But a recent story shows they come with hazards too.

Spider-phobics should look away now - because it involves a man and his tarantula.

Web of intrigue ... pet spiders have their own unique hazards

Our eight-legged furry friend released a mist of barbed hairs which stuck in his eyes. Ouch!

Pet spiders aren't the only culprits, of course. We all know about the risks posed by dogs.

Well, at least 200,000 people a year in the UK do. Because they suffer dog bites - cue a trip to casualty for a clean up, anti-biotics and maybe a tetanus shot.

Then there are allergies. Your sneezing, itchy-eyed misery might be an allergy to your moggy or pooch. Which either means dosing yourself up with antihistamines or waving goodbye to your pet.

And these are just the common problems. There are plenty of other examples of how your "best friend" can become your health's worst enemy.


That kitten may look cute but a scratch can cause infection - especially in children.

The result is a red spot at the scratch site, followed by fever, headache and swollen glands.

Symptoms usually clear on their own after a couple of months. Rarely, antibiotics are needed.


It's those pesky kitties again. There's a germ in cat poo - toxoplasma - which can cause a flu-type illness in humans.

It's usually no big deal - but can cause brain and eye damage in unborn babies, so pregnant women should dump the cat-litter cleaning duties on to their fellas.


Just to show I'm not cattist, dogs can cause infections too. For example, their faeces sometimes contains a worm - toxocara - which, in kids, can lead to blindness.

Prevention is the best treatment. That means scooping poop, hand-washing and regular pet worming.


You've probably heard of this. And you probably know it can cause a nasty tummy upset which, occasionally, can be serious. But did you realise that many creepy crawlies are full of the bug?

Ninety per cent of snakes, lizards and terrapins poo out salmonella.

Maybe they should have "now wash your hands" tattooed on their scales.


That fungal infection on your skin is easily treated with cream. But it may come from your dog or cat - so you will get it again if your pet's not treated.


Parrots and budgie owners can pick up a nasty pneumonia - psittacosis - from their feathered friends.

There's also "pigeon fancier's lung" - an allergy to birds causing repeated breathlessness with cough, fever and shivering. Suffer either of these and you'll certainly have something to Twitter about.


Been cleaning your aquarium? Noticed crusty spots on the back of your hand?

You may have fish-tank granuloma - an infection caused by a germ found in aquariums.

It gets into the skin through a small graze, often near the knuckles. The good news is it's not serious and is treated by antibiotics.

60-Pound 'Pet' Fish
Succumbs To Cold Weather

South American Pacu Ate Burgers, Hot Dogs

MERRITT ISLAND, Fla. -- A Merritt Island family is grieving the death of a 60-pound fish, who they said had been living in a local pond for decades.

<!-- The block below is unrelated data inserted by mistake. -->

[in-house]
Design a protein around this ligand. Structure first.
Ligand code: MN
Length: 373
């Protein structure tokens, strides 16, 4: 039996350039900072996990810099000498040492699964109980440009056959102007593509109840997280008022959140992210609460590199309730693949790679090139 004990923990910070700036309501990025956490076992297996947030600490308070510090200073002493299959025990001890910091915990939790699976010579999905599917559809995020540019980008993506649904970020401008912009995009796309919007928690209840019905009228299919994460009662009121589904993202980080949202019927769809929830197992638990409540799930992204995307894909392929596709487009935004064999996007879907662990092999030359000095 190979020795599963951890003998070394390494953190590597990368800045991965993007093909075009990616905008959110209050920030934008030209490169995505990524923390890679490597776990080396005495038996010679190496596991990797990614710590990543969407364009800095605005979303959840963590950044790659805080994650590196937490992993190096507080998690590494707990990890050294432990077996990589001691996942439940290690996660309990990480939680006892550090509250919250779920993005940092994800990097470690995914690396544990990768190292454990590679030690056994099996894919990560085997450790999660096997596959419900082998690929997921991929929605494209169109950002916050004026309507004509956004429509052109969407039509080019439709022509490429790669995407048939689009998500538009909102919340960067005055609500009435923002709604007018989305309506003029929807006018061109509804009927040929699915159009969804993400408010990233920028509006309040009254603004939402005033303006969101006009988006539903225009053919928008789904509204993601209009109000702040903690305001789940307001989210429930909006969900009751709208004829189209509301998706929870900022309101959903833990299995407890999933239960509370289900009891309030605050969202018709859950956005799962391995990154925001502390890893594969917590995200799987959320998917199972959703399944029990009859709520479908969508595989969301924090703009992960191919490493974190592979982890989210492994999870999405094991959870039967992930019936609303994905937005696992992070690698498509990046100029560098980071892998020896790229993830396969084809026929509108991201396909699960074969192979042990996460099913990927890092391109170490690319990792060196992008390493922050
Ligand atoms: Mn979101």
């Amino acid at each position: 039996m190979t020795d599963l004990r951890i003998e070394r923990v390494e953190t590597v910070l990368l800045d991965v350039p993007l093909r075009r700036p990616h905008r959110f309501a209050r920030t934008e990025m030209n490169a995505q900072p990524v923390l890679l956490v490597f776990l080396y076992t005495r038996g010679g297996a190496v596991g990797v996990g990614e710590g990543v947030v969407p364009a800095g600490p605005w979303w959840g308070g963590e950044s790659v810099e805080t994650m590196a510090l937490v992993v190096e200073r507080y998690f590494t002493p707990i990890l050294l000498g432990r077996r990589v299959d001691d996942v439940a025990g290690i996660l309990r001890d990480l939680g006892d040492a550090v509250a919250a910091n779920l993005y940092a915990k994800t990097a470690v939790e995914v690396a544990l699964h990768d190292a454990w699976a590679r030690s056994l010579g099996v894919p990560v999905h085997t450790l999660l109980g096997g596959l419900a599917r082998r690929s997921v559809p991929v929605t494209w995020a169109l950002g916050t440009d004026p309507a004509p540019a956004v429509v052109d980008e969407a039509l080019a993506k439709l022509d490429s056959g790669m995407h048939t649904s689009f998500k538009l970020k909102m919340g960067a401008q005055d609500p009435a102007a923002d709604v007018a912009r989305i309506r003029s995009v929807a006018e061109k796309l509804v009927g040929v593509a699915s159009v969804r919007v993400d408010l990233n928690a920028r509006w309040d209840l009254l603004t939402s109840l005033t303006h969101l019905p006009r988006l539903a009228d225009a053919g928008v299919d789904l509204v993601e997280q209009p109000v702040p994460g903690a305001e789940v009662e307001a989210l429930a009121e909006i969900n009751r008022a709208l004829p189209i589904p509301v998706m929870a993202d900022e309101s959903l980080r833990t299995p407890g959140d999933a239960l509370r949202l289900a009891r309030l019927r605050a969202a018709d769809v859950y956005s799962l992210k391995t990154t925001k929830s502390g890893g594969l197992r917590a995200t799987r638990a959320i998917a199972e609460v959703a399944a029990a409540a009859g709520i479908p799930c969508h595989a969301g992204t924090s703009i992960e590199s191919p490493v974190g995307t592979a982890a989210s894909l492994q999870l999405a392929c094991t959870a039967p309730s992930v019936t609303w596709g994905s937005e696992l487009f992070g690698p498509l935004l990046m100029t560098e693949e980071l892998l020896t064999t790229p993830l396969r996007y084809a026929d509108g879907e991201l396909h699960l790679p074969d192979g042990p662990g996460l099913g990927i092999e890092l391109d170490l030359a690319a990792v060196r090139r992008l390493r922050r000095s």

Regina Gaydos said the 62-pound South American pacu, who was affectionately known as Jaws, was a part of their family.

"He was really friendly and we liked him," Gaydos said.

Gaydos said Jaws had human-like teeth and that for the past 30 years, neighbors would feed him burgers and hot dogs from their back deck.


"Feeding him was like a holiday tradition for the family," Gaydos said.

Gaydos's family discovered Jaws this week when they saw something large floating in the pond. Gaydos said she believed the cold weather led to Jaws's death.

Gaydos said that they are keeping Jaws's body in their freezer so that they can have him stuffed and mounted.

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Today's Rescue Story:
A Cat Who 'Showed Pretty Toes'

Pookie went from a shelter to the lap of luxury.

A reader named Marti writes this about a cat they saved from a shelter:

"This is Pookie. She is a beautiful black and white Tuxedo cat who is about 9 years old. Our daughter went to the shelter looking for a companion when she lived alone. When she passed Pookie's cage, the kittyreached out her paw though the bars and "showed pretty toes". That was it. Those toes catapulted her(excuse the pun) into a life of luxury.

" When our daughter moved back in with us for a few months while she was in college, Pookie came too. Pookie fell deeply and madly in love with my husband, Tony. She's in his lap every time he sits down. She stretches out on his chest, rubs her head on his chin and reaches up with her paw and touches his face. No doubt that this cat is in love.

"Needless to say, when our daughter moved out into an apartment, Pookie stayed behind. She has the sweetest disposition of any cat I've ever known. We say she is the Mother Teresa of the cat world. On weekends, we take her with us to our house on the gulf coast (about an hour ride). When we bring the cat carrier in, as soon as she sees it she goes to the litter box and gets ready to go. I used to have to say "go potty Pookie" but now she's ready to roll!